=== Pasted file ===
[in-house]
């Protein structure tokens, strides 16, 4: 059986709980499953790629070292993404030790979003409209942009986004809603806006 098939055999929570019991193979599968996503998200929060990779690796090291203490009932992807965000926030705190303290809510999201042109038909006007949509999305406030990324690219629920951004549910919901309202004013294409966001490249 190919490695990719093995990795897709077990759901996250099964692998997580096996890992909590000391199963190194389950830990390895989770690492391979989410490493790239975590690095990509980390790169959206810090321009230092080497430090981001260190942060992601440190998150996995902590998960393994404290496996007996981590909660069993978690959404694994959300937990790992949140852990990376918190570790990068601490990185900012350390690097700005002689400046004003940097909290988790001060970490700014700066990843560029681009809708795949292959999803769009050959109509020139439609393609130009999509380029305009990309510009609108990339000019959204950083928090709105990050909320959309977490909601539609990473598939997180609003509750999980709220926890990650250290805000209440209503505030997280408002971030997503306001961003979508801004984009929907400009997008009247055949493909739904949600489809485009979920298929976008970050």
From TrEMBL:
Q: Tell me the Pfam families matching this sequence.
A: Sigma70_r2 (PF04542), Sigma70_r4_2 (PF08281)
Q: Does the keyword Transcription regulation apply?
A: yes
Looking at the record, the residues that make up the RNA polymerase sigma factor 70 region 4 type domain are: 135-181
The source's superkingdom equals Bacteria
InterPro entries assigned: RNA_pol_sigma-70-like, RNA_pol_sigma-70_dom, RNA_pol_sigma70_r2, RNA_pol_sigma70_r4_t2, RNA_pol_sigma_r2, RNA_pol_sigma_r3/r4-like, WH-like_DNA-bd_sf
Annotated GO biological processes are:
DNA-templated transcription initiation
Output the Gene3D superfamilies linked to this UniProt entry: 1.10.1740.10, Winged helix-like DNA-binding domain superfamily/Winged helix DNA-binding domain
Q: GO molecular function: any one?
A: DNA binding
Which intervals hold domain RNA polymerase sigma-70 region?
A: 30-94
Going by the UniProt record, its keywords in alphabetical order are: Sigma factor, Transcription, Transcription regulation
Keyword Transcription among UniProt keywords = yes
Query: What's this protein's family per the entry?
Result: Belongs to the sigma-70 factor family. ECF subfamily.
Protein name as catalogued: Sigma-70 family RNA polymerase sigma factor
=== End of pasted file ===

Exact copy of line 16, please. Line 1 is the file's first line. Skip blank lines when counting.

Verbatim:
Which intervals hold domain RNA polymerase sigma-70 region?